For an hour after I posted that message my heart raced. I alternated between rolling up in a blanket, shaking, and sitting with my face pressed to the window fan. I hovered anxiously over the toilet, waiting to vomit. Then I deleted the tweet and curled up around my sleeping baby, exhausted, but magically cured of my post traumatic flu. I was relieved that I’d saved myself the humiliation of sharing that horrible, bald, truth so…truthfully.
I don’t aspire to serve as the face or voice of a cause, particularly not a heartbreaking and dark one like childhood sexual trauma and gun violence. And I don’t have enough of a following on social media to make taking a stand worth the anxiety, right? I’ve written a memoir that touches on my experience and, recently, my lyrical essay “You Will Find Me in the Starred Sky” appeared in Brevity. It is enough, I think, to have addressed it in a literary format, with context.
Still, after I deleted the message I struggled with the urge to speak up, to say something, all through the following day. Too rapey, I thought. Too raw. Too real. Too political. I don’t want to be a “victim”. It is exhausting. It is traumatic. In real life I am not all day, every day, a victim. I don’t want to center myself inside that heavy rhetoric forevermore.
I am also dead tired of the silencing and marginalization of victims. I worry that every silence increases the cultural pressure of repression by tacitly accepting that it is agreeable to be silent.
In her 2011 Rumpus essay “The Careless Language of Sexual Violence,” Roxane Gay responded to a report on the gang rape of an eleven-year-old girl that used language sympathetic toward 18 rapists and one distraught town, but barely touched on the victim. Because the truth is, real victims are hard to look at. We are more comfortable when their edges are blurred, softened, dramatized. Artistic license makes violence palatable.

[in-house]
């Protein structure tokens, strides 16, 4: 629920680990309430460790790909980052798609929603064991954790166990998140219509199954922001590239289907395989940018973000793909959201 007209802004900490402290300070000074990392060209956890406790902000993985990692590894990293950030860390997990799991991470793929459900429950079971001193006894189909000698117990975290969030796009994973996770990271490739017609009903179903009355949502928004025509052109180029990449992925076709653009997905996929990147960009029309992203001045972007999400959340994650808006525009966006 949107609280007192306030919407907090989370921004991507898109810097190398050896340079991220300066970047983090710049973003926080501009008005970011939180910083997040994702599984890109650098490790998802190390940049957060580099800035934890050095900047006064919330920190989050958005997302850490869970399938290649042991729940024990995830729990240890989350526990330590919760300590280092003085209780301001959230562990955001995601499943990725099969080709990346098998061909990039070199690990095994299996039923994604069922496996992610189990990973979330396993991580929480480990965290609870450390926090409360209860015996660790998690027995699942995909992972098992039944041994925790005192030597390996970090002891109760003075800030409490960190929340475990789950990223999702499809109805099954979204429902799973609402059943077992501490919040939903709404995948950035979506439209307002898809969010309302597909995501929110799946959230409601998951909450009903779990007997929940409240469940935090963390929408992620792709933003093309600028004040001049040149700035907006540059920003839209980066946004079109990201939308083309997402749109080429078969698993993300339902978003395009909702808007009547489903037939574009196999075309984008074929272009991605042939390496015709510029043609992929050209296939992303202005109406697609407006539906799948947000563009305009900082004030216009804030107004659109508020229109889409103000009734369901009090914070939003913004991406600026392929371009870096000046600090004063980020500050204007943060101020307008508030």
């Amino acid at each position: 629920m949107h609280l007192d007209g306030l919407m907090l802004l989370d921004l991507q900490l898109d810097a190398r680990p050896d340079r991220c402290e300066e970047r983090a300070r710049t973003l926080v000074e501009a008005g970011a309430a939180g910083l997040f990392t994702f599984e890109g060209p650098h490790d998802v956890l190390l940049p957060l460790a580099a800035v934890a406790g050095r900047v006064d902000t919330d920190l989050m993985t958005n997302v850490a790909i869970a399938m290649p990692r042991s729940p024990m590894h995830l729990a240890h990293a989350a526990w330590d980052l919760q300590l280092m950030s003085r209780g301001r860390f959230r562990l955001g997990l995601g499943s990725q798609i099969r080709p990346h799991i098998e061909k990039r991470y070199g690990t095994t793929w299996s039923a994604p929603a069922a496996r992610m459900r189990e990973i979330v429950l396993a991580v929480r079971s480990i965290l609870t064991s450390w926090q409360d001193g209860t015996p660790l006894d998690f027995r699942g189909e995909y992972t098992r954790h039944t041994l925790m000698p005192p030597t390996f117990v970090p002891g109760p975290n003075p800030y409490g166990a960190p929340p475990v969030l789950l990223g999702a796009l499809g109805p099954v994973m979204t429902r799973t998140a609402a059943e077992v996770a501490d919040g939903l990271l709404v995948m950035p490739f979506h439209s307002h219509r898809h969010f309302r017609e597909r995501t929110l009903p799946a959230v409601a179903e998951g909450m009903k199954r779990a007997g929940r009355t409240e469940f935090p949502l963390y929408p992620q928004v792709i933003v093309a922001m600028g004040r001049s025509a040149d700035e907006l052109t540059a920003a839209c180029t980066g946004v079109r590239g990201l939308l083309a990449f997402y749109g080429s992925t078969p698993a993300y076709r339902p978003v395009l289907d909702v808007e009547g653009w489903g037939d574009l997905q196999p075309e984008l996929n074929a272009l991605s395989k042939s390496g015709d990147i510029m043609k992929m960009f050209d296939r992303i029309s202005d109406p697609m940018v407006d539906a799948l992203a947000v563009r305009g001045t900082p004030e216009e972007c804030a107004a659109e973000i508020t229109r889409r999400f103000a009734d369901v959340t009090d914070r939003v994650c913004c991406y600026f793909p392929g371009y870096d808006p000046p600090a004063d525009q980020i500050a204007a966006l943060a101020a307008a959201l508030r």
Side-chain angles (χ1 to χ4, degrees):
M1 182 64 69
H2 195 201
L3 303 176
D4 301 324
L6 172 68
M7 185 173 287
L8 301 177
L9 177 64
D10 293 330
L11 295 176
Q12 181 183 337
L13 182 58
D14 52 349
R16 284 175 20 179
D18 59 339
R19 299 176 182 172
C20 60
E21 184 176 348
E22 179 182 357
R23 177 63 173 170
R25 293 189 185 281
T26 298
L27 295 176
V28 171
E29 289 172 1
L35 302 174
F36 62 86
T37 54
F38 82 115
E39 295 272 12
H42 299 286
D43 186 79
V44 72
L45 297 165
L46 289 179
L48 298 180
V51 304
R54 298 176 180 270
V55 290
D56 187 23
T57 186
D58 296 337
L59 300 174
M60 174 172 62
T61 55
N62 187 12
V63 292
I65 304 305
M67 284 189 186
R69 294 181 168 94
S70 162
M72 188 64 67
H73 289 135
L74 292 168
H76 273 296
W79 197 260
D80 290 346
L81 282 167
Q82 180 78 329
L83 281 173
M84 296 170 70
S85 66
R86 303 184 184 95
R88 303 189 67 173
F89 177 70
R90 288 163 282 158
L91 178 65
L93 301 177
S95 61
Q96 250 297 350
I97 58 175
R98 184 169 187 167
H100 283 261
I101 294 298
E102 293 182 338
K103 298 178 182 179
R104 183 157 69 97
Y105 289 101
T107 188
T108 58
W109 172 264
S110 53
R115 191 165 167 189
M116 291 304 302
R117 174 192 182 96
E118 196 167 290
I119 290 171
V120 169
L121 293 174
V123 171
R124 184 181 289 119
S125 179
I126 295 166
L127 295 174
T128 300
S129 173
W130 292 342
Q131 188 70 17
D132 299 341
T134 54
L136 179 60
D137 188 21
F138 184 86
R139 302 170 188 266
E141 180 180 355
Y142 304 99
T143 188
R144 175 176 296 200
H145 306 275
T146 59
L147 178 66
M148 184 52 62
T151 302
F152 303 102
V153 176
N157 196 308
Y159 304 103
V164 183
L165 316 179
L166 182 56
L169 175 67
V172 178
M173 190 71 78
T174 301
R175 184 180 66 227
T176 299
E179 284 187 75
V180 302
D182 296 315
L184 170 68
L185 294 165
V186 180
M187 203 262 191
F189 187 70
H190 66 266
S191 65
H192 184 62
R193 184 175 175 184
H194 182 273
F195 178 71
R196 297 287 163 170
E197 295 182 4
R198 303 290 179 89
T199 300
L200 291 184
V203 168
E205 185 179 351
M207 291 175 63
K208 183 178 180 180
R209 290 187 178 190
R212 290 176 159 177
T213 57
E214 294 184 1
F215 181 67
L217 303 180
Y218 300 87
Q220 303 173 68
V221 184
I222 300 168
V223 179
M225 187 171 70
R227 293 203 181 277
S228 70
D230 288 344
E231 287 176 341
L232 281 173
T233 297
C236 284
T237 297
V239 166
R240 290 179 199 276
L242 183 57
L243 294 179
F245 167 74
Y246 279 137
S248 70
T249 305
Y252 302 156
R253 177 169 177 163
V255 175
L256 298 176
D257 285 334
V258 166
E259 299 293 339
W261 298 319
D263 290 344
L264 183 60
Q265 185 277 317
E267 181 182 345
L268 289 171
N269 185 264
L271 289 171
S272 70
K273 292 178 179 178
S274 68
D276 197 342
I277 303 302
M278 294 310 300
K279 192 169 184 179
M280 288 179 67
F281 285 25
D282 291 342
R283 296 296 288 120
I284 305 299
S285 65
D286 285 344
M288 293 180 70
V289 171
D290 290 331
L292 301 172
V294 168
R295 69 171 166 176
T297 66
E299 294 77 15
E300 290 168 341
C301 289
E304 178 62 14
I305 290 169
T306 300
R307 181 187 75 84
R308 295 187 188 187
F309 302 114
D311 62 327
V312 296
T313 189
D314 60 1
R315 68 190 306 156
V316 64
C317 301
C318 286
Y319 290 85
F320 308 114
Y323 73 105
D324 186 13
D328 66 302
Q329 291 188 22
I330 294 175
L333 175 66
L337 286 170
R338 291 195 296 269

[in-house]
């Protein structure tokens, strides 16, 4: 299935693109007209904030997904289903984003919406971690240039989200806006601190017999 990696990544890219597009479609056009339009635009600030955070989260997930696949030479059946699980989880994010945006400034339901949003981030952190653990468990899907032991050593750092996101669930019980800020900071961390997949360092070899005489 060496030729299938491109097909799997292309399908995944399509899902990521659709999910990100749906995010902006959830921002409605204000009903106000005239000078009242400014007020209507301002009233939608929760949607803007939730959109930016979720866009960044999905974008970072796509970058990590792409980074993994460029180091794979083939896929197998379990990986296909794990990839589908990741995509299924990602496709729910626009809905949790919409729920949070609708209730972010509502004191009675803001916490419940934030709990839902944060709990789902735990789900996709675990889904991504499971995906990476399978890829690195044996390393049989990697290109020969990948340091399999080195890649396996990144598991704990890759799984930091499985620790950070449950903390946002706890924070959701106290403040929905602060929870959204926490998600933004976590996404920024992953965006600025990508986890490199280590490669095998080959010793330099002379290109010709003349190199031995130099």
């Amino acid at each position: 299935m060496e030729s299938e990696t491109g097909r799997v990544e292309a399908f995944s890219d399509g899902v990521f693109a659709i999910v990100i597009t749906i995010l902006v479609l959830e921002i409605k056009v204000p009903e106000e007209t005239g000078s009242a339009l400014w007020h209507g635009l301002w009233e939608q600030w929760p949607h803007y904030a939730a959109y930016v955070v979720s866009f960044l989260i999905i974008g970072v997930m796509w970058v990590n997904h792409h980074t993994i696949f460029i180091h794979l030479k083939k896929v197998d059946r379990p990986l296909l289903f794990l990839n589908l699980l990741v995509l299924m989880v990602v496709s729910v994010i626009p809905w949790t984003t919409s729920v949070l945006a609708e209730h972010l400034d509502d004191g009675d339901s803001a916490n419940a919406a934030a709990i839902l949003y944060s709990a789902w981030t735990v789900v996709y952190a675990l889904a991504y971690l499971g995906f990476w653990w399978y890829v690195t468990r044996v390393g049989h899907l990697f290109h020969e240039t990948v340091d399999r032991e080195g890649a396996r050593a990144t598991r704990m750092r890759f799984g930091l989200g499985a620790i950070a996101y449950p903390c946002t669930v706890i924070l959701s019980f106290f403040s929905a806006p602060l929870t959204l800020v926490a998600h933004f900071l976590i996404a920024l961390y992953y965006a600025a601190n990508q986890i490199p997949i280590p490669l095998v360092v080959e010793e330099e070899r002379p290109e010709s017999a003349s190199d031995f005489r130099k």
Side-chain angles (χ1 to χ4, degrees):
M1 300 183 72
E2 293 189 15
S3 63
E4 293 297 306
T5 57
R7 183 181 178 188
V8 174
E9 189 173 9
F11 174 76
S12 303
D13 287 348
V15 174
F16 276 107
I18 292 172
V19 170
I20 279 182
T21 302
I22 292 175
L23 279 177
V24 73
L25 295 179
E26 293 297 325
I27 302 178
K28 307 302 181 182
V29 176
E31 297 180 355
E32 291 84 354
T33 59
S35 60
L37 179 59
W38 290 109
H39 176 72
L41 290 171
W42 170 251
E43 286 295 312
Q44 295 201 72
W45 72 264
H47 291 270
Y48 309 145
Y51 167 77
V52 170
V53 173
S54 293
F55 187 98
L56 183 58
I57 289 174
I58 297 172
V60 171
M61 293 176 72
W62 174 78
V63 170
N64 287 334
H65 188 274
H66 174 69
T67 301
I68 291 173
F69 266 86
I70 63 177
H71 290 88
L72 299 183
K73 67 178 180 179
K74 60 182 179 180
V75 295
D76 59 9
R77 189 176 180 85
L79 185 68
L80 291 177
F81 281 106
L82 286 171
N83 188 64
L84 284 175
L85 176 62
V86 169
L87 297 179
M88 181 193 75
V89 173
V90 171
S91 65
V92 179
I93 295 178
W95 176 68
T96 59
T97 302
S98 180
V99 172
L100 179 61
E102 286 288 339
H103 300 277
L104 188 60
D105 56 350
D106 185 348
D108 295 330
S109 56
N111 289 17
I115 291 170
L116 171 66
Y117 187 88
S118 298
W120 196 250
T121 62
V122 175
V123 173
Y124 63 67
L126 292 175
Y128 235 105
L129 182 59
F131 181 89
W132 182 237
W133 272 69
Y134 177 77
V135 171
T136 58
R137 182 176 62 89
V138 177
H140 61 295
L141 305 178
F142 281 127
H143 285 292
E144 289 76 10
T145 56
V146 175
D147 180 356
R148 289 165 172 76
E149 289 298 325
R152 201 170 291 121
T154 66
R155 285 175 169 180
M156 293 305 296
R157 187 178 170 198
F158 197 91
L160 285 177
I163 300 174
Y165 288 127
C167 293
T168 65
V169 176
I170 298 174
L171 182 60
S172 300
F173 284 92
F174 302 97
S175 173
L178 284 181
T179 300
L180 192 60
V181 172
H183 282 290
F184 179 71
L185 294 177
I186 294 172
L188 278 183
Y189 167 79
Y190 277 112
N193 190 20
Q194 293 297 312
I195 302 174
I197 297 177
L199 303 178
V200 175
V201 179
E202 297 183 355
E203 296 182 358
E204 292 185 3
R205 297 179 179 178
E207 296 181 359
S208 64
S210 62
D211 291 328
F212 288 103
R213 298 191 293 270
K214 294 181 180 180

“I am troubled by how we have allowed intellectual distance between violence and the representation of violence,” Gay wrote. She suggested that we find new ways of rewriting rape that, “restore the actual violence to these crimes and that make it impossible for men to be excused for committing atrocities.” That’s a hard one too. Take away the crush-worthy investigators and their personal stories from Law and Order: SVU and you have an unbearably painful show about gross violence.
The struggle is real: I don’t want to be a victim. I am a victim.
We badly need to rewrite the language of atrocity, repression, race, gender, trauma and yes, even hope and happiness, to look on these experiences honestly. Simply. Directly. Unflinchingly.
My silence won’t change the fact that when anyone dies at gunpoint, I am a victim again. When rape goes apologetically unpunished, I am a victim again. I fear my silence would mean I’ve accepted that those hurts are agreeable.
I do not accept that those hurts are agreeable. I’ve been silenced enough by the cultural expectation of not making other people uncomfortable with my trauma. Who do I hurt if I speak up when the need arises? Who do I help? What would happen if everyone quit keeping the peace in favor of saying out loud this is the violence you prefer not to see happening in your midst to your most vulnerable. You must not look away.
The night after I deleted that first Tweet, the sit-in on the Senate House floor turned into a slumber party and I couldn’t be silent anymore. I Tweeted again: